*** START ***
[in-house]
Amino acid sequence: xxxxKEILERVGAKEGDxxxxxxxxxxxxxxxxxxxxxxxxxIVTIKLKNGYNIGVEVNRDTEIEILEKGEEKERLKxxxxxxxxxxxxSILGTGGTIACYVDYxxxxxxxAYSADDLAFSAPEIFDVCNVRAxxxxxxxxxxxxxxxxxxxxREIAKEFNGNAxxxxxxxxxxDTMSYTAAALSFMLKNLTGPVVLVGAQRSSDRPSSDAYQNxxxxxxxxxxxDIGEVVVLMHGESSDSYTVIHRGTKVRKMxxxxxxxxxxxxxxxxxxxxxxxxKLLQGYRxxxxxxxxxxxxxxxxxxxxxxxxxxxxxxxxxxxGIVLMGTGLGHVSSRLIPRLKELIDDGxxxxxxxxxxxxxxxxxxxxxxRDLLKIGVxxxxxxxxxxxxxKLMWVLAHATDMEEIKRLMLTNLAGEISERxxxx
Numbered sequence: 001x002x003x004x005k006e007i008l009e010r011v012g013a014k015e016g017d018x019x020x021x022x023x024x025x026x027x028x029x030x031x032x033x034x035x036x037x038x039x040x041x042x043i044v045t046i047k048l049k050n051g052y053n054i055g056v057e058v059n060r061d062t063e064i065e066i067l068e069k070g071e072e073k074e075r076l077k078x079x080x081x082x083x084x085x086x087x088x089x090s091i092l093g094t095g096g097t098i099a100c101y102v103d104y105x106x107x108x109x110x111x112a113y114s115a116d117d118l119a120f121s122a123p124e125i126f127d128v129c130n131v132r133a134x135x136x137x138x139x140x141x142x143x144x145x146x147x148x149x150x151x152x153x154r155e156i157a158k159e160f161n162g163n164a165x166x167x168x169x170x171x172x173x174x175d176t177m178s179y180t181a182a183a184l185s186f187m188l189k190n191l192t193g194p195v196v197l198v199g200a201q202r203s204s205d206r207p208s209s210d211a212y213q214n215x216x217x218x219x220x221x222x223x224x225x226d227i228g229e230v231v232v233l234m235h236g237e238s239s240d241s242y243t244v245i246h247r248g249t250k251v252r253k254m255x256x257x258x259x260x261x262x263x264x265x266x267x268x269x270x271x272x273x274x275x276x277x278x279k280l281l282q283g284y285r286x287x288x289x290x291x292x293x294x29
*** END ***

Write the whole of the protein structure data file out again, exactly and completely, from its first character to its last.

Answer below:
[in-house]
Amino acid sequence: xxxxKEILERVGAKEGDxxxxxxxxxxxxxxxxxxxxxxxxxIVTIKLKNGYNIGVEVNRDTEIEILEKGEEKERLKxxxxxxxxxxxxSILGTGGTIACYVDYxxxxxxxAYSADDLAFSAPEIFDVCNVRAxxxxxxxxxxxxxxxxxxxxREIAKEFNGNAxxxxxxxxxxDTMSYTAAALSFMLKNLTGPVVLVGAQRSSDRPSSDAYQNxxxxxxxxxxxDIGEVVVLMHGESSDSYTVIHRGTKVRKMxxxxxxxxxxxxxxxxxxxxxxxxKLLQGYRxxxxxxxxxxxxxxxxxxxxxxxxxxxxxxxxxxxGIVLMGTGLGHVSSRLIPRLKELIDDGxxxxxxxxxxxxxxxxxxxxxxRDLLKIGVxxxxxxxxxxxxxKLMWVLAHATDMEEIKRLMLTNLAGEISERxxxx
Numbered sequence: 001x002x003x004x005k006e007i008l009e010r011v012g013a014k015e016g017d018x019x020x021x022x023x024x025x026x027x028x029x030x031x032x033x034x035x036x037x038x039x040x041x042x043i044v045t046i047k048l049k050n051g052y053n054i055g056v057e058v059n060r061d062t063e064i065e066i067l068e069k070g071e072e073k074e075r076l077k078x079x080x081x082x083x084x085x086x087x088x089x090s091i092l093g094t095g096g097t098i099a100c101y102v103d104y105x106x107x108x109x110x111x112a113y114s115a116d117d118l119a120f121s122a123p124e125i126f127d128v129c130n131v132r133a134x135x136x137x138x139x140x141x142x143x144x145x146x147x148x149x150x151x152x153x154r155e156i157a158k159e160f161n162g163n164a165x166x167x168x169x170x171x172x173x174x175d176t177m178s179y180t181a182a183a184l185s186f187m188l189k190n191l192t193g194p195v196v197l198v199g200a201q202r203s204s205d206r207p208s209s210d211a212y213q214n215x216x217x218x219x220x221x222x223x224x225x226d227i228g229e230v231v232v233l234m235h236g237e238s239s240d241s242y243t244v245i246h247r248g249t250k251v252r253k254m255x256x257x258x259x260x261x262x263x264x265x266x267x268x269x270x271x272x273x274x275x276x277x278x279k280l281l282q283g284y285r286x287x288x289x290x291x292x293x294x29